On World Book Day I held a 'The Queen's Hat' event for a class of 5-6 year olds at The Story Museum in Oxford. Before I started the story, one child excitedly declared that they'd already read the book at school, to which I responded, "But did you find the hidden Butler on almost every page?" They were surprised and delighted that there was a whole other narrative taking place in the background of each spread that they hadn't seen. Even the teacher hadn't noticed the subtext. 

This hidden 'spot the butler' subtext isn't mentioned in the book's back cover blurb, nor is it mentioned anywhere online, except by some reviewers. I like people to make these sorts of discoveries by themselves. In fact, the only time the Butler really comes into full view is on the very, very last page of the book asking, "Would anyone like a cup of tea?"

This added depth to the book invites the reader to pore over the details of each page. "OK, so you've found the Butler, but did you spot the fish, or the chameleon, or the waving guard, or the Gherkin or the...?"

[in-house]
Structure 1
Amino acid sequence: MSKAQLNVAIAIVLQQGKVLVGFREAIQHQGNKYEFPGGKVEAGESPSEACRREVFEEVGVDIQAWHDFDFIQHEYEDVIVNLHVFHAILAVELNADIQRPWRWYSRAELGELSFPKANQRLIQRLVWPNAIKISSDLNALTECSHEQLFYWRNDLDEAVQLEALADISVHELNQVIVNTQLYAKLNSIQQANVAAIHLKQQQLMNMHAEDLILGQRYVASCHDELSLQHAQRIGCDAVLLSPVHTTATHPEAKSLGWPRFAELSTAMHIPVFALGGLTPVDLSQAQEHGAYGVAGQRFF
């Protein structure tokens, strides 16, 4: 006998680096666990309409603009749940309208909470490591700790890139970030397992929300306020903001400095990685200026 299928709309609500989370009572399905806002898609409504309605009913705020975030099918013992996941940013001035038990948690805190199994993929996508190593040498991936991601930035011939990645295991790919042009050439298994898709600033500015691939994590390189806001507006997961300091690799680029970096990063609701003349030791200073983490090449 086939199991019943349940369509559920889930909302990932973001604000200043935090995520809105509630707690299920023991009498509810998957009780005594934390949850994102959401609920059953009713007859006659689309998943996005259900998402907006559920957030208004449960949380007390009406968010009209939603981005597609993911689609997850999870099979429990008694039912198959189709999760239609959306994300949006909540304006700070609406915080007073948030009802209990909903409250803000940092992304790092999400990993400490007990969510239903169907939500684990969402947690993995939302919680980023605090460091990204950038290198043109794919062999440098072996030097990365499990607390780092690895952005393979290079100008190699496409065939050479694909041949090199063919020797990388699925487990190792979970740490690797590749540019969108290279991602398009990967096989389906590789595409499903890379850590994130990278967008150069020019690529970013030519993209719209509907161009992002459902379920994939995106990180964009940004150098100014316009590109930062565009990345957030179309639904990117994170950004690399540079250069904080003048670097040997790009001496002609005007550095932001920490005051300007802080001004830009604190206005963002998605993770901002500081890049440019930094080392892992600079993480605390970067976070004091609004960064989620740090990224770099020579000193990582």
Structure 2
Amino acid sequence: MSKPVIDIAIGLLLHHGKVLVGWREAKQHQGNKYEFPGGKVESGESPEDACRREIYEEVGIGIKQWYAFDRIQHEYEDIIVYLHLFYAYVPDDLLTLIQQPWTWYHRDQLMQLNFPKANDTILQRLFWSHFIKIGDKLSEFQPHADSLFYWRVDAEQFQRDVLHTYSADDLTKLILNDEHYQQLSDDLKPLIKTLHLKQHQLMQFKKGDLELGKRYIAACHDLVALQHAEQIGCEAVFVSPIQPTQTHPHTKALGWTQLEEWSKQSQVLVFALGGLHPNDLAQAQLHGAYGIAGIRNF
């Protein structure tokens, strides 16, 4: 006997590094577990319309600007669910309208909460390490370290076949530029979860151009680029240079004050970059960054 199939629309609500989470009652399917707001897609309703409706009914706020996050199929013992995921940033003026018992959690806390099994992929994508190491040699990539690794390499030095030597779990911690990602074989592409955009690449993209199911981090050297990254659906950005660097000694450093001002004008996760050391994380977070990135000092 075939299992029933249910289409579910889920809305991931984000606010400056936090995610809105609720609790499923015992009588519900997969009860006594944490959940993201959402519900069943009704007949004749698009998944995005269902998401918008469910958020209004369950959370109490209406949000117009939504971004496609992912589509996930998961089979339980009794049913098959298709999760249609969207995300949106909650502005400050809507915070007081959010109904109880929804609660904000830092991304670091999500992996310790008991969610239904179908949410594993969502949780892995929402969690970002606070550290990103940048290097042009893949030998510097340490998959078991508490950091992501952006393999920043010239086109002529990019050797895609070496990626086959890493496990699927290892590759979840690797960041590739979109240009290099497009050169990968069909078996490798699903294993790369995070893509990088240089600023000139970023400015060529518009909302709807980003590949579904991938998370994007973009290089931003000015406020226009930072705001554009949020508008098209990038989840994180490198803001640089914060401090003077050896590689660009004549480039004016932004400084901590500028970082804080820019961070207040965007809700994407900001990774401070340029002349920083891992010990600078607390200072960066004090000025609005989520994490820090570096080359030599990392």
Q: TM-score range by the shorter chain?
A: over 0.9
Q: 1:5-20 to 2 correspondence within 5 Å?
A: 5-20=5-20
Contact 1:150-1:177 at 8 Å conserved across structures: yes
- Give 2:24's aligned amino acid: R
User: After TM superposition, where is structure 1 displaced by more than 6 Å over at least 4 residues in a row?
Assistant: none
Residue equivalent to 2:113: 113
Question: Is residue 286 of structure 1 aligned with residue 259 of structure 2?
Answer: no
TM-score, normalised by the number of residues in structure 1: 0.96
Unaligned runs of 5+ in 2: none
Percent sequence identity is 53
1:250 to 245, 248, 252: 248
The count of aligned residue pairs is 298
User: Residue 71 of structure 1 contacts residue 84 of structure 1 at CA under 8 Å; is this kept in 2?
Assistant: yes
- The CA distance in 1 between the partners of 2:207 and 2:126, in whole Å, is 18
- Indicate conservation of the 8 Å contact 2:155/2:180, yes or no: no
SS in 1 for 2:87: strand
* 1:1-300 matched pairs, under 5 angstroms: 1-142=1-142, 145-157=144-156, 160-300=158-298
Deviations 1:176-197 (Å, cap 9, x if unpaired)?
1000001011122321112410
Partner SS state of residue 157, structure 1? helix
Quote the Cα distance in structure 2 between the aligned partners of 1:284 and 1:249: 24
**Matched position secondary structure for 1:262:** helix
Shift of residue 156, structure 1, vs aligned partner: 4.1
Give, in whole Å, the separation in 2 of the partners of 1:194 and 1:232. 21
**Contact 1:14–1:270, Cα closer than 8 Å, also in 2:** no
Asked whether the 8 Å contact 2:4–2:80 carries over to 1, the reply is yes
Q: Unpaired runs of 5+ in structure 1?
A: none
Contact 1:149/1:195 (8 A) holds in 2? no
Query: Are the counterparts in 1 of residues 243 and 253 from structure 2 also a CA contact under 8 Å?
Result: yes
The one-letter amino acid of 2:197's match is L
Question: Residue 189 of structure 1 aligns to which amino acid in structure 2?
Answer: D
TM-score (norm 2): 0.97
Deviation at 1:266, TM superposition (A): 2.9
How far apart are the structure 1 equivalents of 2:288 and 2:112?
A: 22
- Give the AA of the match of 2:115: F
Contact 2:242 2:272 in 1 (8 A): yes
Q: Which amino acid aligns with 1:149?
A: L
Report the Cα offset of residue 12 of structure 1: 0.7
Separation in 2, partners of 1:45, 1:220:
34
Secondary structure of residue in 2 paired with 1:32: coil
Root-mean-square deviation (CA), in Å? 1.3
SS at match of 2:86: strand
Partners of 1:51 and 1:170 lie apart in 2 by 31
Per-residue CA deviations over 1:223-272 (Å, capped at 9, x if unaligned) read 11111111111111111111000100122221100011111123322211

This is what I LOVE about telling stories through pictures. You can add all sorts of little extra tales within the main plot. 

While preparing for my very first 'The Queen's Hat' event, I was a little nervous that I wouldn't be able to fill 40 minutes with so few words. Little did I know that the whole 'spot the butler' element would provide the most fun and actually take up quite a bit of time! 

At one event, an eagle-eyed child spotted the butler on the Tower Bridge page within seconds. The audience applauded. This is possibly the hardest page for spotting the butler.

So, my advice to teachers, librarians, parents and guardians is to really play with this side of the book. It's not just a book about London landmarks, or the wind blowing the Queen's hat. It's also about a loyal Butler who's incredibly skillful at balancing a tray.

Hopefully, it will inspire people to take a closer look at picture books just in case they miss something. My favourite picture books are the kind that are deceptively simple, the kind that are 'more than meets the eye'. This is something you'll notice in my books, so look closely. But most of all, have fun!

Just wait until you see Green Lizards Vs Red Rectangles

 

Posted
AuthorSteve Antony